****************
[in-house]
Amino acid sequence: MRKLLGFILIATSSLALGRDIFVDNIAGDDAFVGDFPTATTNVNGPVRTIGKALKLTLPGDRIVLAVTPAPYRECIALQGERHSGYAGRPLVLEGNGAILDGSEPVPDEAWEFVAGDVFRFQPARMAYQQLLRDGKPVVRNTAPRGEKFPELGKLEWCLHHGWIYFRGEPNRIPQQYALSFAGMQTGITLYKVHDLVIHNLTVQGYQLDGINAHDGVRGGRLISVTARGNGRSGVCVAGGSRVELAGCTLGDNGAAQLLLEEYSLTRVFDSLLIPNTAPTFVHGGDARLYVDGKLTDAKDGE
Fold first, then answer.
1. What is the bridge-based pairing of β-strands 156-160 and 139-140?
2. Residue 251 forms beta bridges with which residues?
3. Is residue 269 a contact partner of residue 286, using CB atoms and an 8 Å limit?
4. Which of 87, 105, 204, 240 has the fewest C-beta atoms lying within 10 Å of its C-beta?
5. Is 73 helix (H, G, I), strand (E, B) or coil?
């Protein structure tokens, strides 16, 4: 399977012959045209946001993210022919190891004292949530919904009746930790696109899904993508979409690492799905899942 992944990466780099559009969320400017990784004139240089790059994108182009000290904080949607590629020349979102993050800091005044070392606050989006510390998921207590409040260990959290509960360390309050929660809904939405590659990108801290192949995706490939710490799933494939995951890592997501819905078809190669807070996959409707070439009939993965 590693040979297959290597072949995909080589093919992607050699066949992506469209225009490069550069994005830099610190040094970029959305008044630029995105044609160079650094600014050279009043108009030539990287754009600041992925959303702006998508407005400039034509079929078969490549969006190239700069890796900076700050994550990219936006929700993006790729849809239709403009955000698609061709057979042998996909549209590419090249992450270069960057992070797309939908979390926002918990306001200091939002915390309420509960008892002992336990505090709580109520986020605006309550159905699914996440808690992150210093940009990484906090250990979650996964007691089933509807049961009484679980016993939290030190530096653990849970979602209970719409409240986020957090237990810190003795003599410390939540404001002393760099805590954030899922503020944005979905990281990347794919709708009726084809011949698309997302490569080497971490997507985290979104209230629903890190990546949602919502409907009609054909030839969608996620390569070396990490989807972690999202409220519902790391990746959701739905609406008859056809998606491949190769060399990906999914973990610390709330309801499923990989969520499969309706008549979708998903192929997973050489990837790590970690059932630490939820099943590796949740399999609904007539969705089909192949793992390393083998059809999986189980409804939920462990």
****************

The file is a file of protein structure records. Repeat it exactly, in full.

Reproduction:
[in-house]
Amino acid sequence: MRKLLGFILIATSSLALGRDIFVDNIAGDDAFVGDFPTATTNVNGPVRTIGKALKLTLPGDRIVLAVTPAPYRECIALQGERHSGYAGRPLVLEGNGAILDGSEPVPDEAWEFVAGDVFRFQPARMAYQQLLRDGKPVVRNTAPRGEKFPELGKLEWCLHHGWIYFRGEPNRIPQQYALSFAGMQTGITLYKVHDLVIHNLTVQGYQLDGINAHDGVRGGRLISVTARGNGRSGVCVAGGSRVELAGCTLGDNGAAQLLLEEYSLTRVFDSLLIPNTAPTFVHGGDARLYVDGKLTDAKDGE
Fold first, then answer.
1. What is the bridge-based pairing of β-strands 156-160 and 139-140?
2. Residue 251 forms beta bridges with which residues?
3. Is residue 269 a contact partner of residue 286, using CB atoms and an 8 Å limit?
4. Which of 87, 105, 204, 240 has the fewest C-beta atoms lying within 10 Å of its C-beta?
5. Is 73 helix (H, G, I), strand (E, B) or coil?
């Protein structure tokens, strides 16, 4: 399977012959045209946001993210022919190891004292949530919904009746930790696109899904993508979409690492799905899942 992944990466780099559009969320400017990784004139240089790059994108182009000290904080949607590629020349979102993050800091005044070392606050989006510390998921207590409040260990959290509960360390309050929660809904939405590659990108801290192949995706490939710490799933494939995951890592997501819905078809190669807070996959409707070439009939993965 590693040979297959290597072949995909080589093919992607050699066949992506469209225009490069550069994005830099610190040094970029959305008044630029995105044609160079650094600014050279009043108009030539990287754009600041992925959303702006998508407005400039034509079929078969490549969006190239700069890796900076700050994550990219936006929700993006790729849809239709403009955000698609061709057979042998996909549209590419090249992450270069960057992070797309939908979390926002918990306001200091939002915390309420509960008892002992336990505090709580109520986020605006309550159905699914996440808690992150210093940009990484906090250990979650996964007691089933509807049961009484679980016993939290030190530096653990849970979602209970719409409240986020957090237990810190003795003599410390939540404001002393760099805590954030899922503020944005979905990281990347794919709708009726084809011949698309997302490569080497971490997507985290979104209230629903890190990546949602919502409907009609054909030839969608996620390569070396990490989807972690999202409220519902790391990746959701739905609406008859056809998606491949190769060399990906999914973990610390709330309801499923990989969520499969309706008549979708998903192929997973050489990837790590970690059932630490939820099943590796949740399999609904007539969705089909192949793992390393083998059809999986189980409804939920462990």